As to myself—my little property is so divided in Lands Lotts & Houses slaves, & merchandize—that every mode of taxation must be sensibly felt. But Common Justice requires some mode of Revenue that will embrace Our Citizens equally. The rapid increase in Value of Lands—the extraordinary price of produce of every description produced from the farm—the General prosperity of this class of Citizens, enables them to bear a considerable proportion of the burthen with those on Whom indirect taxes fall, in the first, & sometimes in the last instance only—and for three years past had Land taxes been adopted—could have paid a revenue little short of the impost without feeling any inconvenience worth mentioning. It is desireable to get our public debt discharged—it is desireable to have a permanent Revenue, not so subject to accident & uncertainty as the impost—in addition thereto at this Critical Juncture, when we are Maltreated pillaged & insulted by the Nation to whom our attachment has bordered on enthusiasm—and liable to similar distresses from all the Europian Marauding governments—Shall we not resort to some plan in aid of the impost—and let Commerce struggle on with the burthens it at present labors under without addition.

Difficulties no doubt will present itself to View—to equallize the tax—to make it palatable—to collect it with Certainty & as little expense as possible. But if Members lay aside their ⟨speeches &?⟩ popular seeking Conduct—which too evidently operates to produce from some—the speeches we see—and in this delicate situation, as well respecting our relations; of a foreign nature—as the means of aiding our Revenue—will act with calm deliberation, as becomes the fathers of our Country—I trust under providence measures will be adopted salutary—and equal to the difficulty.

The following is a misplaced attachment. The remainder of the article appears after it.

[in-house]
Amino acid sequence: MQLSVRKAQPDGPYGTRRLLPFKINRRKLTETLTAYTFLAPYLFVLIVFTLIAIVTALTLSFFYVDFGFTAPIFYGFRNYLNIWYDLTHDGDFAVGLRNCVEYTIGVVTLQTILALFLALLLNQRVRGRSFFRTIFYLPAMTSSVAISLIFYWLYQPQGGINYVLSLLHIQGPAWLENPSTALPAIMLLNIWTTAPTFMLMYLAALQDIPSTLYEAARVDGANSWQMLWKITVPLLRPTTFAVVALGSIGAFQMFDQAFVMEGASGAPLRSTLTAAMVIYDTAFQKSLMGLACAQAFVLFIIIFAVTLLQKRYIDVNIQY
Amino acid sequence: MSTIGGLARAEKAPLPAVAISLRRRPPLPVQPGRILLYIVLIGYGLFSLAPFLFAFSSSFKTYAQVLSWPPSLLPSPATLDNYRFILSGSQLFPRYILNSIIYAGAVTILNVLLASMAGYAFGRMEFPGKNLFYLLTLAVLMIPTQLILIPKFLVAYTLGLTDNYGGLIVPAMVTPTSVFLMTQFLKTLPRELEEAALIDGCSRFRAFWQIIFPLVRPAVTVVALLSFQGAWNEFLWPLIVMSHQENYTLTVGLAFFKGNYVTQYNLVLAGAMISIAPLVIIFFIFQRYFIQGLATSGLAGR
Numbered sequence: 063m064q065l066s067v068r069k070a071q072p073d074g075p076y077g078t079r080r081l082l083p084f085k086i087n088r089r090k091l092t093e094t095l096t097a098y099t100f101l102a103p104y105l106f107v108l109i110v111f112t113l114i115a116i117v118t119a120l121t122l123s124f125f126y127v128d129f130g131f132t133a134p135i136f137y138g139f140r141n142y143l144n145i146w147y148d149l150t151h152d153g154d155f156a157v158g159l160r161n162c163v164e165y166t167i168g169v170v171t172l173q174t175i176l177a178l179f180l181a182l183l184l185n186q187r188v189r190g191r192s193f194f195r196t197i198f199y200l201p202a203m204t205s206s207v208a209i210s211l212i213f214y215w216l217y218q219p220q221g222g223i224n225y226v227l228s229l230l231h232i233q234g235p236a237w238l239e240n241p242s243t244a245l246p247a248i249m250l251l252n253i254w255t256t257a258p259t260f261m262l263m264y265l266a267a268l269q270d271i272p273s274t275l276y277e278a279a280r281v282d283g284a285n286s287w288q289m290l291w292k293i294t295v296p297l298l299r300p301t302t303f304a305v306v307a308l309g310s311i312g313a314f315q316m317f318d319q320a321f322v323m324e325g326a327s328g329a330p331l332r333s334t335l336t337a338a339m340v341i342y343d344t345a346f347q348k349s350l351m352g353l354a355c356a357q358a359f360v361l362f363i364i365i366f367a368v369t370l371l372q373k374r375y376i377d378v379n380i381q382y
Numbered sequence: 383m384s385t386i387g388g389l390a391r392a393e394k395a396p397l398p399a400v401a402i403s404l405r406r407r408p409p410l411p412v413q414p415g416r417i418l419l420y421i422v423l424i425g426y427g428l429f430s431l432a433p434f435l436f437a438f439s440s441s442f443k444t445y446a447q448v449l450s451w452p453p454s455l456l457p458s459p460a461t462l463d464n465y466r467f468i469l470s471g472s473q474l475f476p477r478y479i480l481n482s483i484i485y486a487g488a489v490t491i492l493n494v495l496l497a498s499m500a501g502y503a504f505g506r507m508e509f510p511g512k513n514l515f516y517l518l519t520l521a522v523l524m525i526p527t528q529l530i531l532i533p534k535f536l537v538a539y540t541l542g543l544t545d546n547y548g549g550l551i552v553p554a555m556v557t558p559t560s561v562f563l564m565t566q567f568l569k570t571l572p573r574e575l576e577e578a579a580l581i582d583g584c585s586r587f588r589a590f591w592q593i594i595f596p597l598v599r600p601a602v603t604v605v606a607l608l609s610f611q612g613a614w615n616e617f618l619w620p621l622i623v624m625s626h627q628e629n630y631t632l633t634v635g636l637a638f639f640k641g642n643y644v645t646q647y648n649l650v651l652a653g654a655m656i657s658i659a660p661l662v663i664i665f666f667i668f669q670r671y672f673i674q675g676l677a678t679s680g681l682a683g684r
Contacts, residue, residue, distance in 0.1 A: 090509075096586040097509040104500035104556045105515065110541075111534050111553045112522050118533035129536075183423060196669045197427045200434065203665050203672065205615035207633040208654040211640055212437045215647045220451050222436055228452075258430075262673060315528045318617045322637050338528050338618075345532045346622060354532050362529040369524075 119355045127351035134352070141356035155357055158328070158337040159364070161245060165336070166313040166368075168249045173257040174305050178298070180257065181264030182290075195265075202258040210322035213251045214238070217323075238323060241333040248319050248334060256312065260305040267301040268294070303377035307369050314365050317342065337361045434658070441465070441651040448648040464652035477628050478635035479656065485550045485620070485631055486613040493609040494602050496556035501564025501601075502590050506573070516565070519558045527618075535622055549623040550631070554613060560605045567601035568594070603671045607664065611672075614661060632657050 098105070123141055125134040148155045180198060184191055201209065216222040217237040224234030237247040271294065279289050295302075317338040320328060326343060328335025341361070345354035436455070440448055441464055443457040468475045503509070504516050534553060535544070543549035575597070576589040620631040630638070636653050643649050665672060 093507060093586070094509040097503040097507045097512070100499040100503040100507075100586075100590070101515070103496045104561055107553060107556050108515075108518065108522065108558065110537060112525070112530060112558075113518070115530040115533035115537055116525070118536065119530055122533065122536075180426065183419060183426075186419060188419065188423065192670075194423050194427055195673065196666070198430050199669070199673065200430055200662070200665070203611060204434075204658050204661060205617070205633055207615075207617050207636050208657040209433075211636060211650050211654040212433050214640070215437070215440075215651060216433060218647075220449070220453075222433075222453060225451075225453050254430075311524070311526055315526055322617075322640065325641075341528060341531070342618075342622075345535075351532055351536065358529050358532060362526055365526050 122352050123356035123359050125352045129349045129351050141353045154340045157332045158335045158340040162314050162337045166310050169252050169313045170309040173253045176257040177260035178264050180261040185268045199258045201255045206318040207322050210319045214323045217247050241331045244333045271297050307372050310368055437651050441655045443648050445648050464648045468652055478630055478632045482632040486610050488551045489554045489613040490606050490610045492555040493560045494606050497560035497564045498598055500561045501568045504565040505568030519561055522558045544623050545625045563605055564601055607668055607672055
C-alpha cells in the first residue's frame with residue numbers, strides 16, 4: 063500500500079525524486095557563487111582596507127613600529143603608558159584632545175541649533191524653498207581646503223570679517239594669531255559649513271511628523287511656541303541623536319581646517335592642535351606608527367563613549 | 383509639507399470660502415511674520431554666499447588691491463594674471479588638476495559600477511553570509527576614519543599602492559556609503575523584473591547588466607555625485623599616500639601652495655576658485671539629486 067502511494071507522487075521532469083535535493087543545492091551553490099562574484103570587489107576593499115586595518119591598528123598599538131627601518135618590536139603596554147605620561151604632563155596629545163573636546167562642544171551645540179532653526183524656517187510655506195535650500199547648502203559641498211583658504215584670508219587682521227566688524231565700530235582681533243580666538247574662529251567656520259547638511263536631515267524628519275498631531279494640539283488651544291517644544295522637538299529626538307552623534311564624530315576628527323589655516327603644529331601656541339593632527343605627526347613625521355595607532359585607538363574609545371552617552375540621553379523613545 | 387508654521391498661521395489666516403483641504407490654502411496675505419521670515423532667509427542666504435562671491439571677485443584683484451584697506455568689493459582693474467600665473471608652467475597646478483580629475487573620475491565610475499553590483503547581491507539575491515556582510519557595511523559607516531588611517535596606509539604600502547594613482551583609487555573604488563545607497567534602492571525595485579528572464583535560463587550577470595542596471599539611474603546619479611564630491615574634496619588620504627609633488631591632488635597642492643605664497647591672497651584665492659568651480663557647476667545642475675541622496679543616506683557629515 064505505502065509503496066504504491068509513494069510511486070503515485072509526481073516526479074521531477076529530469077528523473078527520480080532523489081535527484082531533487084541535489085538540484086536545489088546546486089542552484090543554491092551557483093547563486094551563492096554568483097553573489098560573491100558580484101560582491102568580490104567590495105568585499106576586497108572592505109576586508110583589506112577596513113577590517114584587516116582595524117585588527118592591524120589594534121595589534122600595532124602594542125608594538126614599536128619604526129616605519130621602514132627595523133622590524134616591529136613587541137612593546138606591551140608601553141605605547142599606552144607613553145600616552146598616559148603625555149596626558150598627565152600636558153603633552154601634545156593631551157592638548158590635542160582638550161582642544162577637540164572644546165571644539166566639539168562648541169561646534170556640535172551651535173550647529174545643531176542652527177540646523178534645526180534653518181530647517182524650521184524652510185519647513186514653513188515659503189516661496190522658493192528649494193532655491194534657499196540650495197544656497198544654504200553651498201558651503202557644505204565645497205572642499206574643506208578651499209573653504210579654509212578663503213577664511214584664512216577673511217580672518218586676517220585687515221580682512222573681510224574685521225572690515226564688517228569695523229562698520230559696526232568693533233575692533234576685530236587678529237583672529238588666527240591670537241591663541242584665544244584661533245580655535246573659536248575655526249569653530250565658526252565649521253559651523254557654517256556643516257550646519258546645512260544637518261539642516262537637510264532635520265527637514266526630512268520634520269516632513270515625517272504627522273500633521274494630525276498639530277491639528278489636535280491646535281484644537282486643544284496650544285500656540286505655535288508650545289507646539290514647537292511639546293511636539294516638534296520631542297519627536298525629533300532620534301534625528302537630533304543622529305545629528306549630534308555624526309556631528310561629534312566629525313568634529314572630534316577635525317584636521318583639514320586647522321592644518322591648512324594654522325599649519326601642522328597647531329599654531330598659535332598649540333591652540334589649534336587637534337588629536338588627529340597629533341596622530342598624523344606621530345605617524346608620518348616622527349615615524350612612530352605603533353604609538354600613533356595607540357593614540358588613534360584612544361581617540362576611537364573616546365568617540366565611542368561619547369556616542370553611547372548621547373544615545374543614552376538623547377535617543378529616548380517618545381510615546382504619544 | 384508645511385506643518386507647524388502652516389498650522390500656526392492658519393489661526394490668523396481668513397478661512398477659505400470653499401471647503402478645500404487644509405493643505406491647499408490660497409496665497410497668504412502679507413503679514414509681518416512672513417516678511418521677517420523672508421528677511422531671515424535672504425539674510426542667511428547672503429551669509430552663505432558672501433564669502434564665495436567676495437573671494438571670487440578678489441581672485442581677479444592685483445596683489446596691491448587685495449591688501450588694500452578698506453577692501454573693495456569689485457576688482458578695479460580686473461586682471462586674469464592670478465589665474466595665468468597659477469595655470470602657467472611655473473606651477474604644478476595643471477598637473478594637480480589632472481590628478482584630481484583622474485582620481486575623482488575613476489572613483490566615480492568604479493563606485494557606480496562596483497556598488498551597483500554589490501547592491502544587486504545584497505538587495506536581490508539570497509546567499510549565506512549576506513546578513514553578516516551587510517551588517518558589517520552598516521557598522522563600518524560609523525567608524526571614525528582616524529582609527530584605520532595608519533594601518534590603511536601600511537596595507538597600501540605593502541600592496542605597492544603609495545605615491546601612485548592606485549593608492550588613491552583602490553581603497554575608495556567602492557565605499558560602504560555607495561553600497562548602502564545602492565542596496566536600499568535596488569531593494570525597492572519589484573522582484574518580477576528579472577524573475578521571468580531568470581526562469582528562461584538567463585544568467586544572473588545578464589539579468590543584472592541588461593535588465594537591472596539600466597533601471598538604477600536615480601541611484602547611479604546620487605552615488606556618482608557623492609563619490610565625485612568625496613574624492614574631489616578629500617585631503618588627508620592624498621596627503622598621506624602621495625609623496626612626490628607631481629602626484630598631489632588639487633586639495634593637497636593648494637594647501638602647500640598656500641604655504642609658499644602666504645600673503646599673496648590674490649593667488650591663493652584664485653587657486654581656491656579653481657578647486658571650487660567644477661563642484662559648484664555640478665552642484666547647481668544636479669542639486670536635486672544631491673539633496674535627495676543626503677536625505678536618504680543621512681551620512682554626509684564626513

It is with concern the Citizens of this place & thro’ Virginia hear you intend declining to serve in Congress. I hope it is not true. No successor can possibly have the Confidence of the people equal to what your long experience, integrity & Judgment in matters of Government have inspired. Occasionally—your real friends & the real friends of our Constitution may not View the same subject alike with you but—you have their Confidence—their Esteem—they rely on your Virtue, & patriotism, they rely on your wisdom & talents—they acquiesce. They Love you from the right source, nor will this class of our Citizens—in affection for you, ever suffer on comparison with Clamorous proffessors of Patriotism—that stun our ears by declarations in favor of this or that party or men.

Our critical situation calls on a proof of your Love of Country, for one Congress more at le[a]st.

You will pardon My Dear sir this hasty scrawl. I have run on with a string of crude & hasty remarks, that my slender personal acquaintance may not justify. They are well Meant. You will take in good part the honest effusions of a heart—that ardently wishes, the good of our Common Country—and who is Dear sir With sincere regard your friend & Obt Hum srt

Ro Gamble

RC (DLC). Addressed by Gamble to JM at Philadelphia and franked. Docketed by JM.

1Mary (Polly) Payne.